Heat the coconut oil in a pan and add the peanut butter and maple. Once combined add the dates and mix, then put it all in a food processor.

Blend until smooth, then add the oats and chia mix and blitz a little bit but you still want the oats to be in solid pieces.

Tip into a bowl and add the sunflower seeds an mix around until they are evenly spread throughout the mixture.

Now spoon the mixture into the prepared baking tin and bake for 12-15 minutes. Check it at 12 minutes and see if the top is starting to go golden, if it is, take them out. They need to be moist and not overcooked.

Leave on a cooling rack until completely cool – if you cut them while they are hot they won’t stick together.

Once cool cut into squares and store in an airtight container.

Love & health,
Lauren

 

Lentils, Broccoli & Cumin for Babies

Lentil Broccoli Cumin

Once again, I literally just made what I had at home! Although I do give Braxton meat (only organic, free-range from trusted sources), I like him to get a lot of his protein from plant-based sources and lentils are great for this. They are also cheap and go a long way. Broccoli is just full of bioavailable calcium, better than any sort of calcium you can get from dairy, so he has quite a lot of broccoli in his diet.

Cumin is great for digestion so it’s a really good spice to add when first weaning to help their tummies adjust. It is also an antiviral so great to give if baby has a cold.

Ingredients

1 organic broccoli
Half a cup of lentils – I used red lentils here
Half tsp cumin
1 cup of vegetable stock (homemade or low salt version if store-bought)

Method

Put the lentils in a pan with the stock and simmer until cooked – they can take a while. Add more water as needed until they are fully soft.

While the lentils are cooking, steam the broccoli for about 7 minutes. You don’t want to over-steam it.

When both are cooked, put in the blender with the cumin and blend to desired consistency.

Love & health,
Lauren & Braxton

 

Coconut Curried Chicken & The Importance of Introducing Flavours From Early On

Coconut Curried Chicken & Veg

I met some friends for a walk in the park after we’d given the kids dinner a few days ago as it was such a lovely day and it’s always nice to have something to fill the time between dinner and bath time. One of them asked me what Braxton had for dinner. ‘Coconut curried chicken,’ I replied. ‘Curry?!’ one of the girls asked, almost dismayed. ‘At his age? Did he like it? Does he like the flavour?’ YES YES YES!!! And the reason he is OK with flavoursome food is because I give it to him!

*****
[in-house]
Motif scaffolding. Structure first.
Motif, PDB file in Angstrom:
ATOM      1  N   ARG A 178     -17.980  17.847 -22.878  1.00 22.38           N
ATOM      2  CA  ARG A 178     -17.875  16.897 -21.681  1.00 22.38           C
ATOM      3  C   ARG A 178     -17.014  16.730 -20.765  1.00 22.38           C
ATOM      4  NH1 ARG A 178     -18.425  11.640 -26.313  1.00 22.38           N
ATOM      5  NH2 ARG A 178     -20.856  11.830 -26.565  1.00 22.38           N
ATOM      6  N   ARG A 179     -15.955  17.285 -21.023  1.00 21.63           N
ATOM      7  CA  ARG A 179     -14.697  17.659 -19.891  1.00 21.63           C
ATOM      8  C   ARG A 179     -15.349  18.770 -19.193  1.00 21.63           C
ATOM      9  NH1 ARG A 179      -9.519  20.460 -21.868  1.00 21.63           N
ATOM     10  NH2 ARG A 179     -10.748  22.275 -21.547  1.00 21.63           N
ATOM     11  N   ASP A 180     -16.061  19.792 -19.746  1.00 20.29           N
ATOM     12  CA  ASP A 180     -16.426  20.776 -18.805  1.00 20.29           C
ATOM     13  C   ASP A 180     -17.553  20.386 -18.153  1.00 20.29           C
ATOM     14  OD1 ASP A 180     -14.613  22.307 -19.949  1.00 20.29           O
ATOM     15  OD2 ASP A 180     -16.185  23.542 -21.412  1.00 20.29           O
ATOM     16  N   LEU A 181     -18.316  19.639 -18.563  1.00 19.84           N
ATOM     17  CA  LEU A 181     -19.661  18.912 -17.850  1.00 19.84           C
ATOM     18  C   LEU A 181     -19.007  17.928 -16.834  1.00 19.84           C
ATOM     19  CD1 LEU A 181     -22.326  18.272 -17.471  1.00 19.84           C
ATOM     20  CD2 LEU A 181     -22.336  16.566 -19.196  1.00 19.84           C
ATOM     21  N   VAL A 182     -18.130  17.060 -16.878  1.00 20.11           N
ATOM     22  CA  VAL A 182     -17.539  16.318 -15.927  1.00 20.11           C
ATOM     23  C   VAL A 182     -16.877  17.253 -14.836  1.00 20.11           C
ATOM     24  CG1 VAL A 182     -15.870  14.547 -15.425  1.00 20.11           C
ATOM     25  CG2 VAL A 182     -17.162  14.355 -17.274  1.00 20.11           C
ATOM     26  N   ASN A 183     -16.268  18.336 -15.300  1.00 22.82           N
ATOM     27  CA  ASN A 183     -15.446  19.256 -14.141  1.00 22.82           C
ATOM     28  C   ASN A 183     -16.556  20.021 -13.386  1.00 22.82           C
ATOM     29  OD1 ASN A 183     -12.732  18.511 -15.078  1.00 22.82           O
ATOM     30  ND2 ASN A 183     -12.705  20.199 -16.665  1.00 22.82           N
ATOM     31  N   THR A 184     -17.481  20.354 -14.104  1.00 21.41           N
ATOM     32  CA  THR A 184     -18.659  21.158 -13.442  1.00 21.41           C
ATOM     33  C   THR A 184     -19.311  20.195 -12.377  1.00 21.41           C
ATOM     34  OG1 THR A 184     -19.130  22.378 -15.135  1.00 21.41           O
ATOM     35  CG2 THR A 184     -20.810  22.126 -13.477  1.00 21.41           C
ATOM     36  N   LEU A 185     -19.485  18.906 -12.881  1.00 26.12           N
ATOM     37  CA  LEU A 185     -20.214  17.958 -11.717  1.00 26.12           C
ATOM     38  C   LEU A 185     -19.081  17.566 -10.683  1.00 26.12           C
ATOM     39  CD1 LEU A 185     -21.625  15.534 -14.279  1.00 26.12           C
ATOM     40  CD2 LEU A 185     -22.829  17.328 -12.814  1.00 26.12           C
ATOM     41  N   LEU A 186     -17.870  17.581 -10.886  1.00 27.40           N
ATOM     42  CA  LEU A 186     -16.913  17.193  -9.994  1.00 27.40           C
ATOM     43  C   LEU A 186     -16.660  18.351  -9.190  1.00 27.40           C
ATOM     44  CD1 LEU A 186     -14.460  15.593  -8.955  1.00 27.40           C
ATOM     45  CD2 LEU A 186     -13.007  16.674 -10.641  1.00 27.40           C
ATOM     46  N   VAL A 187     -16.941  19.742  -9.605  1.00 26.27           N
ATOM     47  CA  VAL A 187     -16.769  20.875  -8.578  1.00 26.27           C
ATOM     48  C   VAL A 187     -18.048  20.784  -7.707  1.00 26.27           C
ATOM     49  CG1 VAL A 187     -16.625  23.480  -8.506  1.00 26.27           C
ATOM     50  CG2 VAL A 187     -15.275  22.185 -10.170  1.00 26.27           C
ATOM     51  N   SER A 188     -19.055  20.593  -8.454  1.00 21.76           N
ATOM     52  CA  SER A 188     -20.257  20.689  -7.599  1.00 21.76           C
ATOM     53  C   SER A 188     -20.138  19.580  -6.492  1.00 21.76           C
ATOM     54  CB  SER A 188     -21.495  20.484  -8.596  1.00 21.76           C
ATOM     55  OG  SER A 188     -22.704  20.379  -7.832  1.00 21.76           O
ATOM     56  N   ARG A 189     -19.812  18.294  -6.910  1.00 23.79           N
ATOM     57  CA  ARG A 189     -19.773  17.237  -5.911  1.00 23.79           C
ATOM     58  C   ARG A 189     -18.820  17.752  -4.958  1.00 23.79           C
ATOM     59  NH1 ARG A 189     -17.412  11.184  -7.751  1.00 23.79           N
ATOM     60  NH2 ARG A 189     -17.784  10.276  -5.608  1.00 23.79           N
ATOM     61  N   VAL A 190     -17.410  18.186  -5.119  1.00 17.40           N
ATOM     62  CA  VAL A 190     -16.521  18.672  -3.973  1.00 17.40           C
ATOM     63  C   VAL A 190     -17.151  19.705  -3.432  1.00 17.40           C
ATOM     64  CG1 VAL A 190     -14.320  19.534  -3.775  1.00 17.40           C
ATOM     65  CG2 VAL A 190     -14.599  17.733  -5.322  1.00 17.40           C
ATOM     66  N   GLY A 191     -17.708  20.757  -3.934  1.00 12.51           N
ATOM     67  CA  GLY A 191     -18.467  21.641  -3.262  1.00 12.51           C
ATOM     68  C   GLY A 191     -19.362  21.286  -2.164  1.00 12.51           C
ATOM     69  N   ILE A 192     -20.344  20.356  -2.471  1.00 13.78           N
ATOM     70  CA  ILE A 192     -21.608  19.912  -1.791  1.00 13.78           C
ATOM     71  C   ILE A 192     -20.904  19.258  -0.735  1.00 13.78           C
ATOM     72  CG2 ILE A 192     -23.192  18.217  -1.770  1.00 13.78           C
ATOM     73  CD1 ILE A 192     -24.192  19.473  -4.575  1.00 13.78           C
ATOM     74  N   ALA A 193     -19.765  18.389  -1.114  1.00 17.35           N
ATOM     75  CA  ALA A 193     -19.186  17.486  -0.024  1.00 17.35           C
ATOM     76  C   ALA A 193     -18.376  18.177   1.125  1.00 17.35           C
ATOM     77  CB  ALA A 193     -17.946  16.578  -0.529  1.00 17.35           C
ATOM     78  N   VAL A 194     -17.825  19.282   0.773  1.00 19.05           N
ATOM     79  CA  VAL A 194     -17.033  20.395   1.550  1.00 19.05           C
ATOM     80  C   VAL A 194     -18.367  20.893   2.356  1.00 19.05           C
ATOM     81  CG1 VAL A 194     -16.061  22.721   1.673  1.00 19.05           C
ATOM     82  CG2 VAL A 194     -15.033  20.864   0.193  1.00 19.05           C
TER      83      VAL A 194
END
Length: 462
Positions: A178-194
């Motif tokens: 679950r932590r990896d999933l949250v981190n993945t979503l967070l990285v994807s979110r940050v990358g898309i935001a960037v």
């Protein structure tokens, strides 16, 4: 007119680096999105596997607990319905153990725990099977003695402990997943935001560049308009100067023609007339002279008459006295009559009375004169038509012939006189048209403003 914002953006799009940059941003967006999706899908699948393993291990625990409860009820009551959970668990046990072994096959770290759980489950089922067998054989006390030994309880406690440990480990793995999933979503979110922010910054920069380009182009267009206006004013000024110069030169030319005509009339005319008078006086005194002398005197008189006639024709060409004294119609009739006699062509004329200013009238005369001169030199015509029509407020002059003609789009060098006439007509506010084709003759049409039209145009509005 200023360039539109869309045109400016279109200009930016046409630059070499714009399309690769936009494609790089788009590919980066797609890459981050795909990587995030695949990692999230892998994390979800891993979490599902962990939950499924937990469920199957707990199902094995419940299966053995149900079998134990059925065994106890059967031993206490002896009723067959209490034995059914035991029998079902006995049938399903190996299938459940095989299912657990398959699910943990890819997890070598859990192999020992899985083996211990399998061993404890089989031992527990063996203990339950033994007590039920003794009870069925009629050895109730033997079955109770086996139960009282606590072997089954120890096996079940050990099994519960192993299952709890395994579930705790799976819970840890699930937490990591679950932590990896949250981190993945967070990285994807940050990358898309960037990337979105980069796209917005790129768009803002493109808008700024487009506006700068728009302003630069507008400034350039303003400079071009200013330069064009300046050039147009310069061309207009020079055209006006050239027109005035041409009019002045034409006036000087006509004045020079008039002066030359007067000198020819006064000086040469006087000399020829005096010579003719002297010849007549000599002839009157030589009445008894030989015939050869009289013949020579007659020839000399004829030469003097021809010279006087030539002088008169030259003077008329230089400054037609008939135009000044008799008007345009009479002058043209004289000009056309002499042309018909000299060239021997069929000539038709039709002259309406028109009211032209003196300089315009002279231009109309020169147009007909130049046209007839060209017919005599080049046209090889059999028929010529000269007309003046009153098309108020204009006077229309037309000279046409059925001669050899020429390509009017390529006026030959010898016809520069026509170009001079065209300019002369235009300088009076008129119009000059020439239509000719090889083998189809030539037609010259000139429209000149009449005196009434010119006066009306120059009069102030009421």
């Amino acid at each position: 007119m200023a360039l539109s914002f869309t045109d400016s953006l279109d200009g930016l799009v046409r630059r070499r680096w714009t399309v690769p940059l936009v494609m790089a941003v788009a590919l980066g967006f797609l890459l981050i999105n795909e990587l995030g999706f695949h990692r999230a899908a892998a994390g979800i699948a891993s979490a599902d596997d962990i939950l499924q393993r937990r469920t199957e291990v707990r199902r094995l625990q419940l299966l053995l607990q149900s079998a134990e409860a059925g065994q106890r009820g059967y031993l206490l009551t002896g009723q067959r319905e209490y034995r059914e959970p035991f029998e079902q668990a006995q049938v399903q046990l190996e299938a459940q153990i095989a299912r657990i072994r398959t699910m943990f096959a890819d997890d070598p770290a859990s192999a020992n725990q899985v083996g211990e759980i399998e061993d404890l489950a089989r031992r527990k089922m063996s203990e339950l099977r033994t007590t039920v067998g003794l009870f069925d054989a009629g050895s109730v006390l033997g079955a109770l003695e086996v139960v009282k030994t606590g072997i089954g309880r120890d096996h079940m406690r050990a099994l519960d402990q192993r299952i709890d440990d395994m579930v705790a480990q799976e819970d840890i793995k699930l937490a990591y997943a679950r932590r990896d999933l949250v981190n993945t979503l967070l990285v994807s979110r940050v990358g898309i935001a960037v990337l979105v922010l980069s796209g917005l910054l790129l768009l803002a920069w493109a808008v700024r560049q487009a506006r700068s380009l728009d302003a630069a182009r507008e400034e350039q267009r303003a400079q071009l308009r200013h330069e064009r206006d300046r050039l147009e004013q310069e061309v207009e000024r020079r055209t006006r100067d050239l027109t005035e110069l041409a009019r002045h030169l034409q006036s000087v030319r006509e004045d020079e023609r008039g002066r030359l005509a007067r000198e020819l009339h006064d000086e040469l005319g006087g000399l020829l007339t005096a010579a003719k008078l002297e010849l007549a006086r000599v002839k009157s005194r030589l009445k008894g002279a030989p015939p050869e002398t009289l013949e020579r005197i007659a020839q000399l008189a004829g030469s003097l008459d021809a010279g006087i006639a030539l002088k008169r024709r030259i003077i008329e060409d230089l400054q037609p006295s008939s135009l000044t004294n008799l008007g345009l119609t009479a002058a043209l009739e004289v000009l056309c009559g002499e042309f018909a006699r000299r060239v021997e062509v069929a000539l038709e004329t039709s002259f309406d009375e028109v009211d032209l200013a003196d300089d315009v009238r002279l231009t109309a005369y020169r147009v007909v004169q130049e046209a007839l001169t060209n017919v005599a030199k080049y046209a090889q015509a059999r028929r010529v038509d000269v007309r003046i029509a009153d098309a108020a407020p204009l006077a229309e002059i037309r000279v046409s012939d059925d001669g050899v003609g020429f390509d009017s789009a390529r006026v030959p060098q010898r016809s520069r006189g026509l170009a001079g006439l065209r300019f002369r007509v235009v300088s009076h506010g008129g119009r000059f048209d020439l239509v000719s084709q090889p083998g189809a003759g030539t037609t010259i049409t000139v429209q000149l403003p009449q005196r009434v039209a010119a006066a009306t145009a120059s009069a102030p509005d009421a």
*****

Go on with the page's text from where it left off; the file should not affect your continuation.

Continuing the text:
I think it is so important to introduce different flavours into a baby’s diet from the early stages of weaning. Not only will this make life easier for us as it means our babies will be less fussy as they grow up, it also makes life better for them! We all have a friend whose staple diet is chicken nuggets, chips and pasta because they don’t like anything else. I’d hazard a guess that their parents probably didn’t give them much else as kids which is why. There are also so many nutrients in spices and herbs. Turmeric, for example, is a hugely important anti-inflammatory and I make sure Braxton has it at least 3 times a week. Dried herbs have heaps of calcium so at least I know that this dairy-free baby is getting more bioavailable calcium than most babies who have cow’s milk!

With this particular meal I had some chicken out that day as I hadn’t given him any meat all week and I stood in the kitchen wondering what I could do with it, then realised that the easiest thing to do with chicken breast is always a curry. I had mild curry powder and coconut milk and some vegetables so I got cooking!

Ingredients

1 organic, free-range chicken breast, chopped into smallish pieces
Half an onion, chopped
1 can full-fat organic coconut milk (I like Biona)
1/2 tsp milk curry powder
1/4 tsp turmeric (optional)
1 cube pre-frozen homemade bone broth/ veg stock or a low salt chicken stock cube in half cup water (optional for added taste)
Handful shiitake mushrooms
Handful chestnut mushrooms
A few broccoli florets
Some coconut oil

Method

Heat a tsp of coconut oil in a pan then add the onion and cook for a minute or so before adding the chicken.

Brown the chicken all over and once cooked, add all the veg. Give it a good stir to coat it in the oil and cook for about 2 minutes.

Now add the coconut milk but don’t add the whole can. Spoon out the delicious creamy stuff from the top and put that all in, followed by about half of the water but no more as it will make it too watery. (You can save this for another dish or add it to a smoothie.)

Mix it all around, then add the stock, curry powder and turmeric. Mix well and turn the heat down to low and leave to simmer for 15 minutes.

When it’s finished simmering, put it in the blender and blend to the desired consistency.

It may look like mush but you have meat-based protein, plant-based protein, vegetables and spices in there all containing nutrients so this meal really needs nothing else although you could add some brown rice pasta if you want. I froze this in small containers and it made about 5-6 meals.

Health & happiness,
Lauren & Braxton